Spaying your pet has many benefits. The procedure, which prevents female animals from becoming pregnant and reproducing, can help your dog or cat live a longer, healthier life. Spaying will not change your pet’s personality.
By spaying your female pet, you’re protecting her against potentially deadly diseases, including bacterial infections, reproductive tract diseases, and several types of cancer. You also won’t have to worry about her going into heat. This means avoiding the mess that often accompanies the heat cycle in female dogs and the pacing and crying that happens with female cats. In addition, spaying your pet will help control the dog and cat overpopulation problem, keeping more animals out of shelters.
Spaying, which involves removing the ovaries and uterus, is a surgical procedure and does need to be performed with the pet under anesthesia. We follow strict protocols and continually monitor your pet’s vital signs to help ensure her safety. Please see the descriptions under Anesthesia and Patient Monitoring for more information on what we do to keep your pet safe.
To set up an appointment to have your pet spayed or to learn more about this procedure, call or visit our clinic. If you are struggling with the decision of whether to spay your pet, please call us so we can discuss your concerns.
Neutering your pet has many benefits. The procedure, which prevents male animals from reproducing, can help your dog or cat live a longer, healthier life. Neutering will not change your pet’s personality.
By neutering your pet, you’re reducing or eliminating his risk for prostate and testicular cancer, as well as sexually transmitted diseases. Neutering will also reduce or eliminate the undesirable and embarrassing behavior, including roaming, fighting, humping, and spraying. In addition, neutering your pet will help control the dog and cat overpopulation problem, keeping more animals out of shelters.
Neutering, which involves removing the testicles, is a surgical procedure and does need to be performed with the pet under anesthesia. We follow strict protocols and continually monitor your pet’s vital signs to help ensure his safety. Please see the descriptions under Anesthesia and Patient Monitoring for more information on what we do to keep your pet safe.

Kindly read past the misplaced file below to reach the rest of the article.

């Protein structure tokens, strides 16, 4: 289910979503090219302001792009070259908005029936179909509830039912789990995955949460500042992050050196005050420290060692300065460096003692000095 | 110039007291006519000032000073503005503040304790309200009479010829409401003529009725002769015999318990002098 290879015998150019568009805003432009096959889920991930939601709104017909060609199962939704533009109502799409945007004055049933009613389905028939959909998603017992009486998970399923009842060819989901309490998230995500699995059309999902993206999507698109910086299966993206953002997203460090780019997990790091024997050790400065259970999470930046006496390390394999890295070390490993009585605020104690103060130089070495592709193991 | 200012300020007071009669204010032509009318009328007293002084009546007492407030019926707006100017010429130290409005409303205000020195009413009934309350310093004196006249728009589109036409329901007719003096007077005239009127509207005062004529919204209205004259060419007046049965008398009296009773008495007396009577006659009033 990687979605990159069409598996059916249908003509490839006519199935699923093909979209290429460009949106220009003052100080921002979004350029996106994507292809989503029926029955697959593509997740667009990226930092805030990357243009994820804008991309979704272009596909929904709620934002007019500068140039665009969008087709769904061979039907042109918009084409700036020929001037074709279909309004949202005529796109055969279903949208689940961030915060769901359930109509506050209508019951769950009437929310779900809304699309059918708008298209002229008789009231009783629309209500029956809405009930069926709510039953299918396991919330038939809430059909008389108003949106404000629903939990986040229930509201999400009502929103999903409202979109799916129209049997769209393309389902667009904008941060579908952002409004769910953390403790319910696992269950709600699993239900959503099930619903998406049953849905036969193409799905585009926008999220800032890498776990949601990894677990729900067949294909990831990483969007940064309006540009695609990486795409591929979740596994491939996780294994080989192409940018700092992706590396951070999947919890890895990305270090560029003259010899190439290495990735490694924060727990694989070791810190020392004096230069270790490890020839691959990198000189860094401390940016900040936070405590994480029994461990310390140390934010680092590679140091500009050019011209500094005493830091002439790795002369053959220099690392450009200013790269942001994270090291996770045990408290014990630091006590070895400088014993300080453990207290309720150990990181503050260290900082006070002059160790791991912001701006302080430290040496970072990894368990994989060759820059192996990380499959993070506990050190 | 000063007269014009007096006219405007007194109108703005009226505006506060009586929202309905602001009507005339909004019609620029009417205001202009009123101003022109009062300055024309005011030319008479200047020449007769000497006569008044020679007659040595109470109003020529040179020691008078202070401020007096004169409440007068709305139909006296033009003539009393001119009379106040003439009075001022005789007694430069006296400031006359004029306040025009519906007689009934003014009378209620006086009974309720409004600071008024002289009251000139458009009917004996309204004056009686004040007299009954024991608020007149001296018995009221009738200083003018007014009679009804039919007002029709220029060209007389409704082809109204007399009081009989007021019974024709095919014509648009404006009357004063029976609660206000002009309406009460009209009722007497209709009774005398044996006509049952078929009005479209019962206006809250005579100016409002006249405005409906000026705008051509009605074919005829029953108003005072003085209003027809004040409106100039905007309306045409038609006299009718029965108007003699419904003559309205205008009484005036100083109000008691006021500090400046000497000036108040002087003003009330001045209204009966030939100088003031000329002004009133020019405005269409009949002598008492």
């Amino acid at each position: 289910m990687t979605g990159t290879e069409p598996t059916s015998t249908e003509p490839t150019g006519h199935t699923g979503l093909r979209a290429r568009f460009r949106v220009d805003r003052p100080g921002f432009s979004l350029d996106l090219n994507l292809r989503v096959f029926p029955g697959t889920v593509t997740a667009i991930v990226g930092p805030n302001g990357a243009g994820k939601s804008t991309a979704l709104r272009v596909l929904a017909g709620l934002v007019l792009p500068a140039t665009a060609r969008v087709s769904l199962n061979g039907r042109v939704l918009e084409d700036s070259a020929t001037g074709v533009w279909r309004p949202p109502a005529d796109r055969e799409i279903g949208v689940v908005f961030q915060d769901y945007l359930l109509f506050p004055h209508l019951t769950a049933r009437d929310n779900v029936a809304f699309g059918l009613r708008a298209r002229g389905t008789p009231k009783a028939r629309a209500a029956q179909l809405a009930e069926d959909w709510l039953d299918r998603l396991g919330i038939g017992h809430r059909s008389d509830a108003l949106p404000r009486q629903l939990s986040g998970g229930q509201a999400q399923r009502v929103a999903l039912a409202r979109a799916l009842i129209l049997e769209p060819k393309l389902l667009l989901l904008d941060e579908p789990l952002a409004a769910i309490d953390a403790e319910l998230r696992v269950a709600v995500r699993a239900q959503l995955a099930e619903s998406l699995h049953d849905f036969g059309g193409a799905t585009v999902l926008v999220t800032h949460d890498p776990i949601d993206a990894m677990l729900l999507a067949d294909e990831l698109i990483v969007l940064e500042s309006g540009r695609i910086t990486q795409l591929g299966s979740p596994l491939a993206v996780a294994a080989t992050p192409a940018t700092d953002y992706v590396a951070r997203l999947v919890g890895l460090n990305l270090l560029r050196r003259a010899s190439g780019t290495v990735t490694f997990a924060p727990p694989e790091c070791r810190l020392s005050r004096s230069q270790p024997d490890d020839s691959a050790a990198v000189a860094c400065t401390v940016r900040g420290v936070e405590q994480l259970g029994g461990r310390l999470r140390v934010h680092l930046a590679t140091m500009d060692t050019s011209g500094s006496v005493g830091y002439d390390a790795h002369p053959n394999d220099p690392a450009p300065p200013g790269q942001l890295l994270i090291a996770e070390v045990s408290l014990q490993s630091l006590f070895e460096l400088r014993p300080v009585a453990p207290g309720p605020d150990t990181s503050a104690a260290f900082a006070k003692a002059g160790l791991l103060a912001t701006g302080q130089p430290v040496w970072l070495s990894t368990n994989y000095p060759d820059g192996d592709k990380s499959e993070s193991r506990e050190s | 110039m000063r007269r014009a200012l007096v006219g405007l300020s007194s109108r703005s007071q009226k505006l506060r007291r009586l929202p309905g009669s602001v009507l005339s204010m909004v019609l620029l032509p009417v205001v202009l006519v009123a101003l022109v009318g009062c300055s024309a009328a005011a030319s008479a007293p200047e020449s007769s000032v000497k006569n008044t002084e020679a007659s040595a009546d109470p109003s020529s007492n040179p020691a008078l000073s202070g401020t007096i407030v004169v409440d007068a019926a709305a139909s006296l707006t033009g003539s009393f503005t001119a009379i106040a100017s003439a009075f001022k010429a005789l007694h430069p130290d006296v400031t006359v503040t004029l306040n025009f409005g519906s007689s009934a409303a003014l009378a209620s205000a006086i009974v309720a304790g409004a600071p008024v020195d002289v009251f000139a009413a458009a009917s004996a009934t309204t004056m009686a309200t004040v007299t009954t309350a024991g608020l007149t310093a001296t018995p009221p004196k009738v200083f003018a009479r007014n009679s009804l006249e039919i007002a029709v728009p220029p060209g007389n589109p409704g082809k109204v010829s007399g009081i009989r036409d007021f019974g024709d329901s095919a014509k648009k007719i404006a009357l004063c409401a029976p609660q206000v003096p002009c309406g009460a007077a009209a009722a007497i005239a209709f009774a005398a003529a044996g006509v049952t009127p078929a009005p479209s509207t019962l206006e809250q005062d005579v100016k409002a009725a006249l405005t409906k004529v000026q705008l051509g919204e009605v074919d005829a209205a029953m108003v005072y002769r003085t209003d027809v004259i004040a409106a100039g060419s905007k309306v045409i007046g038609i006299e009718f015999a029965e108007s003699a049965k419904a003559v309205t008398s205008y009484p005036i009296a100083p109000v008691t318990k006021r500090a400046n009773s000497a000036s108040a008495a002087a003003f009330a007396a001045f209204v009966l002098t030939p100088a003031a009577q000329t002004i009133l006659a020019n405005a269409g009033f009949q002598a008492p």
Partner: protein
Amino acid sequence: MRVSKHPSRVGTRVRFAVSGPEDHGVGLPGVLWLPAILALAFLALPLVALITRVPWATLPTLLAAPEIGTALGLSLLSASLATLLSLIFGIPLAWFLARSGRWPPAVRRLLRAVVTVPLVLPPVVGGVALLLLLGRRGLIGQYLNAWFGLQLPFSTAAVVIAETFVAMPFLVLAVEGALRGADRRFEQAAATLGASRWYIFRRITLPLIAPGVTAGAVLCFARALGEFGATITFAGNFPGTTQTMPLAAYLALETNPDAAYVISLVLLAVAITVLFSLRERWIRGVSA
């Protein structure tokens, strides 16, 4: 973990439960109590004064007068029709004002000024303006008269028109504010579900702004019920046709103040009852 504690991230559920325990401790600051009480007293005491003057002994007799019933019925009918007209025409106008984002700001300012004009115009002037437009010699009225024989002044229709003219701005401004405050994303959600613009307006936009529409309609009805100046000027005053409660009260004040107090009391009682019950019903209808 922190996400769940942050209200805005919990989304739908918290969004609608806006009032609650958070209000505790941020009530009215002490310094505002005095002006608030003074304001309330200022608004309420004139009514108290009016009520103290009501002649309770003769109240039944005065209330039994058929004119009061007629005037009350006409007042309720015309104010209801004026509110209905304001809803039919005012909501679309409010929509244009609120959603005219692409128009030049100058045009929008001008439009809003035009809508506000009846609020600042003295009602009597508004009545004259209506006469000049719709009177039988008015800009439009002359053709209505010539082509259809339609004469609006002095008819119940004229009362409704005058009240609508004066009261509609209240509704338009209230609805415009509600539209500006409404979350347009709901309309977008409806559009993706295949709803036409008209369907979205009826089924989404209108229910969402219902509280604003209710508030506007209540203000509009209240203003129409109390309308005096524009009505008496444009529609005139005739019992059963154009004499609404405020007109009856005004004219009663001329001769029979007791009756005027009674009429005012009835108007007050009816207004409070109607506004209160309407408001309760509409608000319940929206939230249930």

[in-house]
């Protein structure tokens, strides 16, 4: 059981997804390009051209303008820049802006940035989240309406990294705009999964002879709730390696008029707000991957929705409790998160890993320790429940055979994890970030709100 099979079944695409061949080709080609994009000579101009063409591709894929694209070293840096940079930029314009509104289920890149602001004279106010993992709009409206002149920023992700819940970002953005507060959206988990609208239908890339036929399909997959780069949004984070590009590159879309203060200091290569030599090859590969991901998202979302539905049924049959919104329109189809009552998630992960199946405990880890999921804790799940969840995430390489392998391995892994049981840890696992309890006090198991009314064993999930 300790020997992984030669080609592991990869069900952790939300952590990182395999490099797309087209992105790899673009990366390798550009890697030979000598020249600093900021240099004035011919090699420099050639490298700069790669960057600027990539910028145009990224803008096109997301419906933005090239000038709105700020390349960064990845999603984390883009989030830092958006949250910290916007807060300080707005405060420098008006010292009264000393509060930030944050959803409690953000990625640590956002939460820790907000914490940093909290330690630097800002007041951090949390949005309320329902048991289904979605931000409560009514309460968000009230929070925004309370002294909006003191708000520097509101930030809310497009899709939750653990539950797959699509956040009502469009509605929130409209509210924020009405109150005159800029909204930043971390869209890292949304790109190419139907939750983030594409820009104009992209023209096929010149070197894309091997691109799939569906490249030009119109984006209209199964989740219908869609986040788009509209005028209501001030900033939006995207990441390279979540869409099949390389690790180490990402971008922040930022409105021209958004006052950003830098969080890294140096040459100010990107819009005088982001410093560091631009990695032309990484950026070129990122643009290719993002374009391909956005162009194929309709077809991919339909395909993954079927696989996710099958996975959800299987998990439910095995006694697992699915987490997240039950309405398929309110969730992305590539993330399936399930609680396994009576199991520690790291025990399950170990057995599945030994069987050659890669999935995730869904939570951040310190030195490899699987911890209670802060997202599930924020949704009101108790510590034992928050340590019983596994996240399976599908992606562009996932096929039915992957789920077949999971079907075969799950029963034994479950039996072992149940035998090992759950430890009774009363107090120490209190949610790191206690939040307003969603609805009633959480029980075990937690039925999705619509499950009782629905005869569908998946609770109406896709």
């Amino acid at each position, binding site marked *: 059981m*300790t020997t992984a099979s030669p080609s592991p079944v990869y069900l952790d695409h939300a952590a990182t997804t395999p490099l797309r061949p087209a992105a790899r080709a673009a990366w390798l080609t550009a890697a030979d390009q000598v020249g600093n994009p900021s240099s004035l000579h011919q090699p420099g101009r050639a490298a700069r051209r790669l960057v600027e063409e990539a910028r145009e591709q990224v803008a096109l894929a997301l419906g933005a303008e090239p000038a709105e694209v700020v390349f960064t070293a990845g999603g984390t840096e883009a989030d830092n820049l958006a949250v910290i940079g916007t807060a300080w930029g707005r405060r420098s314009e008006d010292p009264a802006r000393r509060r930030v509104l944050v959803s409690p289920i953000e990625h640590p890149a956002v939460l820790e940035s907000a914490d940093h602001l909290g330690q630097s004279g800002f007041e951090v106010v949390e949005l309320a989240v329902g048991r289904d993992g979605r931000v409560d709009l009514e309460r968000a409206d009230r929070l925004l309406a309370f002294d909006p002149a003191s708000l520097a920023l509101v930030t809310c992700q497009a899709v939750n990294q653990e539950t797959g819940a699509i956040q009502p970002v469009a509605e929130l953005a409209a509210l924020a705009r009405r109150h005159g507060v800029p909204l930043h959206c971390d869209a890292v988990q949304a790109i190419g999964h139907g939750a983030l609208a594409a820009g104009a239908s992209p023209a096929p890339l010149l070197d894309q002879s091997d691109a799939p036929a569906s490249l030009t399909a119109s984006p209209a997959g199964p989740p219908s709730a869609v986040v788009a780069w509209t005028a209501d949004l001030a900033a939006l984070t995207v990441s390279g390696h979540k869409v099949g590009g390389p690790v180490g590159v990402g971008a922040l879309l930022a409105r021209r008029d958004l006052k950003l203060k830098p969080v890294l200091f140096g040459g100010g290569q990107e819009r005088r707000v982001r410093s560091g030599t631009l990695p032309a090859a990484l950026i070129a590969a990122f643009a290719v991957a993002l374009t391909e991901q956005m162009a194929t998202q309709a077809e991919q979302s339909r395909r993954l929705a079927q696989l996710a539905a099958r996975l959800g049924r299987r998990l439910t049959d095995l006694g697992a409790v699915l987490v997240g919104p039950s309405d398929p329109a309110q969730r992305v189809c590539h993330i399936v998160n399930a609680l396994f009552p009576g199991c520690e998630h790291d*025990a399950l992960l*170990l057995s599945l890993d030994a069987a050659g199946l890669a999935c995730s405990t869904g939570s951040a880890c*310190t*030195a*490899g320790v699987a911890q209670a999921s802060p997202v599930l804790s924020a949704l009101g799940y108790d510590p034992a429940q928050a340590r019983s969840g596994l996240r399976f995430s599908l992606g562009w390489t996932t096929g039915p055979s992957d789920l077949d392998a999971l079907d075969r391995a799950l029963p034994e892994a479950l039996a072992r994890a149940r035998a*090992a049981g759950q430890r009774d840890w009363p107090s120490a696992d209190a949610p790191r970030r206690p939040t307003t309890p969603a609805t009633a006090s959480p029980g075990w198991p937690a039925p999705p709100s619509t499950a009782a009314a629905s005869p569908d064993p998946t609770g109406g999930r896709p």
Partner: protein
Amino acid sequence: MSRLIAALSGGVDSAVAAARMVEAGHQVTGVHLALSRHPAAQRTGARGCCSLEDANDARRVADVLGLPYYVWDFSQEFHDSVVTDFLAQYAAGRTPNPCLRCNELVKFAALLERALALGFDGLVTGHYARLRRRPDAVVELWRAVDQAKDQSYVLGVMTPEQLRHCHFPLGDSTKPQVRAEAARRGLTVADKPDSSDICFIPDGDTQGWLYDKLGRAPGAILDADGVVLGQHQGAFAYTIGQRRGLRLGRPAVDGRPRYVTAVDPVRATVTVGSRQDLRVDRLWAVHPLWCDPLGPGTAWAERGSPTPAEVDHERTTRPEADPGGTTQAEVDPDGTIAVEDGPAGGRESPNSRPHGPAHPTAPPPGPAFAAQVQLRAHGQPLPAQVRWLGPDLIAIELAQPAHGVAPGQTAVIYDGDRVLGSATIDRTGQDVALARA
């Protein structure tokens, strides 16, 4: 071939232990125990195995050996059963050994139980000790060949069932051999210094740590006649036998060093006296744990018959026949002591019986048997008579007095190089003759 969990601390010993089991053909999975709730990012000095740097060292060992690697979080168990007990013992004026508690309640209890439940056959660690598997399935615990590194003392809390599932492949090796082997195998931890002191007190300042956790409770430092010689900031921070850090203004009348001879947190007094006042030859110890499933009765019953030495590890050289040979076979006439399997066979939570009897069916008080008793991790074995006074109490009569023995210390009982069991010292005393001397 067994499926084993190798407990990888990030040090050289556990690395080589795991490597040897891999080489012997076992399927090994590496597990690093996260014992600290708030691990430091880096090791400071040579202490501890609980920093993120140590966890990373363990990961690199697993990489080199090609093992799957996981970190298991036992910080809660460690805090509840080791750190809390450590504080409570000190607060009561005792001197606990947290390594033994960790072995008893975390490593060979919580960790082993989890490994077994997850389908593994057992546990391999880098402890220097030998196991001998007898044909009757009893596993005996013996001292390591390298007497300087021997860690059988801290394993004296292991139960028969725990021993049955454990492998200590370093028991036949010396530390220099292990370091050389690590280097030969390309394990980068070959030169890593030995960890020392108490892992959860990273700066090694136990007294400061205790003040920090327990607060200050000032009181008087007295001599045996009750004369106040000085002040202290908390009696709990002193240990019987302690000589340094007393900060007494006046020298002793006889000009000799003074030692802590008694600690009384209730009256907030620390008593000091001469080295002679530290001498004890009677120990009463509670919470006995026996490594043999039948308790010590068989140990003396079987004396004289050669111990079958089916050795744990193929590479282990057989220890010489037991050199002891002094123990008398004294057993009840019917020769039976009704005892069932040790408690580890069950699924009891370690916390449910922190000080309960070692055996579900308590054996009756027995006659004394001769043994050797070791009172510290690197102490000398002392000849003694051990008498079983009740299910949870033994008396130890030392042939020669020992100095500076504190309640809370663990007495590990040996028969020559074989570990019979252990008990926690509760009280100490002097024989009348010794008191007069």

Soft Tissue Surgery
We perform many types of soft tissue surgeries at our clinic. Soft tissue surgeries are those that are not associated with bone. These surgeries can provide many benefits to pets.
Probably the most common soft tissue surgery performed on pets is the removal of masses or lumps. Most of these masses, once removed and tested, are found to be benign (nonharmful); however, occasionally they are more serious. Early removal and accurate diagnosis of a lump are necessary to improve the outcome in your pet if the mass is cancerous.
If your dog suffers from frequent ear infections, surgical intervention can reduce their occurrence by improving airflow into the ear canal.
Surgery can also help resolve several problems related to the eyes. Tearing in your pet’s eyes can mean an infection is present or may be a sign that the cornea (outer layer of the eye) has been damaged. Surgery may allow the cornea to heal faster with less scarring, improving your pet’s ability to see. In some pets, the eyelashes may actually damage the cornea. Surgical intervention improves comfort in these pets, reduces the chances of corneal scarring, and enhances the pet’s vision in the long term.
We perform many types of orthopedic (bone) surgeries at Lake Road Animal Hospital. Cruciate tears (ACL or knee ligament tears) are the most common orthopedic problem presented at our clinic. Cruciate tears are more common in overweight or obese pets, but can also occur as a result of injury in active, healthy dogs, or due to natural degeneration of the ligament. There are several types of surgical procedures that may be utilized to fix a cruciate tear. Other common orthopedic concerns include hip dysplasia, patellar luxation (kneecap out of place), and fractures.
We want to ensure that our patients receive the best possible outcome. An orthopedic consultation including a full exam, radiographs, and other testing is performed prior to surgery to ensure that the best treatment plan may be recommended for your pet. When the best treatment plan is unavailable at our clinic, we refer patients to board-certified orthopedic surgeons to perform complicated fracture repairs, back surgery, and other complex surgeries.
Please contact us if you have any questions about these procedures or if you think your pet might benefit from them.
Tues: 8:00am – 5:00pm
Wed: 8:00am – 6:00pm
Thurs: 8:00am – 5:00pm
Fri: 8:00am – 5:00pm
Sat: hours vary, see below
11/13/21 - Closed
11/20/21 - Open 8:00am – 1:00pm
11/27/21 - Closed
12/4/21 - Open 8:00am – 1:00pm
12/11/21 - Closed
12/18/21 - Open 8:00am – 1:00pm
12/25/21 - Closed
Directions from Corning:
- Take 17/86 east towards Binghamton
- Take Exit 53 (Horseheads) exit and stay to the right
- Go through two lights, and at the third light take a right onto South Main, this turns in to Lake Road
- The hospital is ~1.5 mile on the right
Directions from Elmira – local roads:
- Take Church St. or Water St.to the Madison Ave Bridge
- Take a left on to Madison Ave, this turns in to Lake St, and then to Lake Rd.
- Follow Lake St. to Lake Rd. past Curly’s Chicken, the hospital is ~1/2 mile on the left
Directions from Elmira – highway:
- Take 17/86 West towards Horseheads/Corning
- Take Exit 54 towards Horseheads/Rt 13
- Stay to the left to exit towards Horseheads
- At the light, take a left on to South Main which turns in to Lake Road
- The hospital is ~1.5 mile on the right